“It is a line from a letter my lover sent me several years ago,” said the artist at a press conference Friday. “It was a very challenging time for me as I was feeling overwhelmed, as if I were way in over my head with my works.”

But it reminded Lee that even though she might be disappointed with her life, she also had someone she could share it with, who understood her.

The audacious performer might have let go of her giddiness, as she has taken off the ugly, soft “sculptures.” But they are not forgotten. Rather, they have taken on lives of their own as the bizarre sculptures recreated afterward. Hanging ominously from the high ceilings of the museum, they welcome the visitors into Lee’s retrospective.

The artworks symbolize “her attempts to give shape to the unknown, the intangible things such as ideals, beauty, immortality or uncertainty about the future. Hope, desire, feelings and emotions that cannot be expressed,” explained Kataoka Mami, chief curator of the museum. “They show how Lee focuses on things that don’t have forms,” she added.

The exhibition goes on to present how the artist has labored with the ideas and emotions: first expressing them mainly with performances using her own body, and then with sculptures and installations ? or something similar to those in a traditional sense ? using bodily motifs.

The “Cyborg” and “Anagram” series are certainly more aesthetically pleasing but Lee being Lee, there are limbs missing or connected randomly to the torso, all of which are headless. These twisted representations of the pursuit of the ideal body evolve into a more grand scale, as her vision moves on to architectural or urban planning models.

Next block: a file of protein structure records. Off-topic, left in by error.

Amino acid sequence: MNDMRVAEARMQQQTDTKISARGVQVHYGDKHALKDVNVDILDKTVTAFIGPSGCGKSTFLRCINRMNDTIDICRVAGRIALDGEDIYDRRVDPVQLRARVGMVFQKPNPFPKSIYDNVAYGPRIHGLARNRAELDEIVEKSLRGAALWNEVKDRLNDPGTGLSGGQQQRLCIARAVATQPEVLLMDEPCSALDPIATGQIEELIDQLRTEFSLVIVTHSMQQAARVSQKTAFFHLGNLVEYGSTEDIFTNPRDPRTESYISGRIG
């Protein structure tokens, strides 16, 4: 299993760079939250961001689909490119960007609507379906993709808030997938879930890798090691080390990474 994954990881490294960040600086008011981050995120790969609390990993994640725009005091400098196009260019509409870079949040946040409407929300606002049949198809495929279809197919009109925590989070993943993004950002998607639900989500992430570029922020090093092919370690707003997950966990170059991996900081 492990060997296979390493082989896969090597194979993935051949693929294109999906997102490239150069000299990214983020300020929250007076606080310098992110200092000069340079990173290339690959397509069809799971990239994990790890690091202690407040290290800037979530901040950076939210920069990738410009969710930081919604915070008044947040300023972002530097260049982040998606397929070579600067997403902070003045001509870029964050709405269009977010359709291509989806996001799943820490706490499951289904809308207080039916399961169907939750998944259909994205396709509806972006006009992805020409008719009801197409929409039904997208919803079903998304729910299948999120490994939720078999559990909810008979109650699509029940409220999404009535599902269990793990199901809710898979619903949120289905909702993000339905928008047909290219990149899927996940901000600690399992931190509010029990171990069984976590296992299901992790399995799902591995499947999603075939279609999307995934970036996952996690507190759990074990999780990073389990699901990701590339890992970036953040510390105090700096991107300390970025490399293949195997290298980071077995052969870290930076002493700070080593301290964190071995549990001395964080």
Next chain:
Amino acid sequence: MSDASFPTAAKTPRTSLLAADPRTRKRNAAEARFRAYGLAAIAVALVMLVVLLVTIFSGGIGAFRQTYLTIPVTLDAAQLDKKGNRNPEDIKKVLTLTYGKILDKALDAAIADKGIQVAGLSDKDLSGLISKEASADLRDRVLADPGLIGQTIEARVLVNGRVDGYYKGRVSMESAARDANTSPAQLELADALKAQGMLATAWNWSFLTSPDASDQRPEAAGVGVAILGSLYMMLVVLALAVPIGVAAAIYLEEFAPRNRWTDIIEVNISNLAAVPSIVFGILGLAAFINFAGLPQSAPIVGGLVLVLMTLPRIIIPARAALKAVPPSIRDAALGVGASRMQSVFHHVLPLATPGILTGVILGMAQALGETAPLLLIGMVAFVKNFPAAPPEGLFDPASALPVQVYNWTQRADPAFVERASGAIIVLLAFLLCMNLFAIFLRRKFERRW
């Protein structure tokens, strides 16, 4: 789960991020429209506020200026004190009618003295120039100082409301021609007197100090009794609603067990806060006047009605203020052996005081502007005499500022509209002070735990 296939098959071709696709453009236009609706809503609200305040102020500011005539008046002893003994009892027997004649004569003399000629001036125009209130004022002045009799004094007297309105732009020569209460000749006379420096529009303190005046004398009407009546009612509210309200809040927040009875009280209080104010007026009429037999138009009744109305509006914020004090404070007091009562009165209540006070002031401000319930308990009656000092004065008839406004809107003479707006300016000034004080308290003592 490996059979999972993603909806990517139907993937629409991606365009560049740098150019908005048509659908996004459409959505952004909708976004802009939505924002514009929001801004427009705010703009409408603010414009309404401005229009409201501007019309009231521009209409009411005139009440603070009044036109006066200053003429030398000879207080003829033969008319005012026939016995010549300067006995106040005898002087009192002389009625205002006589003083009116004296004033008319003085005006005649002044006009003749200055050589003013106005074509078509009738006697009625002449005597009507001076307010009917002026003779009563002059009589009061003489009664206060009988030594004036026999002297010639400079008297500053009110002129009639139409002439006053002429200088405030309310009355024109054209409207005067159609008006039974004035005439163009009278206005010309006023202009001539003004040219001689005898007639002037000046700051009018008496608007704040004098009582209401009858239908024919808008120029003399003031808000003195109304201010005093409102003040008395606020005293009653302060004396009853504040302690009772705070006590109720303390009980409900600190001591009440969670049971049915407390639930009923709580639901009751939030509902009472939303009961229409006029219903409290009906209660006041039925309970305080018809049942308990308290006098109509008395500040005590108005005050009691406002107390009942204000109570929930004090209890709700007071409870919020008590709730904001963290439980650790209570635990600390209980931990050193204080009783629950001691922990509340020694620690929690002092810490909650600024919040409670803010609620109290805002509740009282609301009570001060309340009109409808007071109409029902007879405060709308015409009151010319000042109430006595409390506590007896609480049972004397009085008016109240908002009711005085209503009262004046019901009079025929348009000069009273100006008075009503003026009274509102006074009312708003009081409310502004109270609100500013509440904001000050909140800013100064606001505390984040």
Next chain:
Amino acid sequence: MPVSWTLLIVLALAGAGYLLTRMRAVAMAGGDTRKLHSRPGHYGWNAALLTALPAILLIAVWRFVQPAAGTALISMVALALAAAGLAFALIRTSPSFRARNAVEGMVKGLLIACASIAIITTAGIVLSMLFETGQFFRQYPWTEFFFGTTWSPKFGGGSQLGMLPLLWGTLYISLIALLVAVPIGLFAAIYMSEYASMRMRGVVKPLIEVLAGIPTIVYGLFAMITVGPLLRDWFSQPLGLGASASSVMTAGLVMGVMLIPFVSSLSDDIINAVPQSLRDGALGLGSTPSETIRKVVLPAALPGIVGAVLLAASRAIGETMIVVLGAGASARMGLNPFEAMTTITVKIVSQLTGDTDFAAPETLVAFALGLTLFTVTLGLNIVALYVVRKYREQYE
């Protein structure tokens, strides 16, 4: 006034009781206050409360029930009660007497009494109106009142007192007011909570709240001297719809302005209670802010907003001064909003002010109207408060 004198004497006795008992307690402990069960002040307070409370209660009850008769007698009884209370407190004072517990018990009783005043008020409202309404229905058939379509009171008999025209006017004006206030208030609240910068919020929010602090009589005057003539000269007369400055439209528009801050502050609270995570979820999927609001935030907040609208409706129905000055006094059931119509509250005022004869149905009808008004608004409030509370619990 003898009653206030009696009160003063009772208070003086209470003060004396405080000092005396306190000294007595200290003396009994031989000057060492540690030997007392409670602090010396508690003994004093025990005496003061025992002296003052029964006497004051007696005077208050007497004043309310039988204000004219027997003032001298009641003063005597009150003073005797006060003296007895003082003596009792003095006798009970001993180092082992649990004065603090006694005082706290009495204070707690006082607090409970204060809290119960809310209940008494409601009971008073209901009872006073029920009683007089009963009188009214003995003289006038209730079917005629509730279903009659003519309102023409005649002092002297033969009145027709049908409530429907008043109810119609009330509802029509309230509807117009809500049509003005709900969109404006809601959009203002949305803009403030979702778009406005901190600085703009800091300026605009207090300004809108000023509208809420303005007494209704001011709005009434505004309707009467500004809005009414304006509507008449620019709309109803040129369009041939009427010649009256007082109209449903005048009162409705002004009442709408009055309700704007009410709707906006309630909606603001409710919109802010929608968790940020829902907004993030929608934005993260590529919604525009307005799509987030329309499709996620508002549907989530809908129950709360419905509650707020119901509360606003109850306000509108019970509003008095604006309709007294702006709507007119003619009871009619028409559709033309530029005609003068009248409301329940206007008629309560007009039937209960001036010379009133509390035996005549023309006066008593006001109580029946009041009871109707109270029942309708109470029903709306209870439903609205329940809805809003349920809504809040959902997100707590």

Born in 1964 to leftist parents who were banished from society over guilt by association, Lee vented and visualized her frustration and yearnings with references to utopian thought of the 20th century, the modern and contemporary history of Korea lying beneath.

But as the last and the latest artwork indicates, “she is once again confronting her own body, her perception, and her personal emotions,” said the chief curator.

The new work, “The Secret Sharer,” dominates a spacious room that boasts a sweeping view of this sprawling city. At first it is hard to tell what this huge, shimmering object is. Take several steps closer and then you can make out, albeit barely, that it resembles a dog. Spewing.

The dog, an homage to her pet of 17 years, pours out the time, the memories the artist shared with him in the form of acrylic, plastic, glass and beads, all gleaming with the light onto the floor.

“When asked to hold this mid-career retrospective, I was very scared. I didn’t know what to make of it. But I thought maybe, like this dog, if I vomited everything and shared it with everyone, or communicated with someone on a personal level, that might be something,” said Lee of the piece created for this show.

“It will not be an answer, or even an alternative to what I have been working on. But I can say that talking to someone about how we are still trying, even when we are not getting any closer to the ideals, the utopia, that is what my life is for,” she added.

The exhibition “Lee Bul: From Me, Belongs to You Only” runs through May 27. For more information, visit www.mori.art.museum.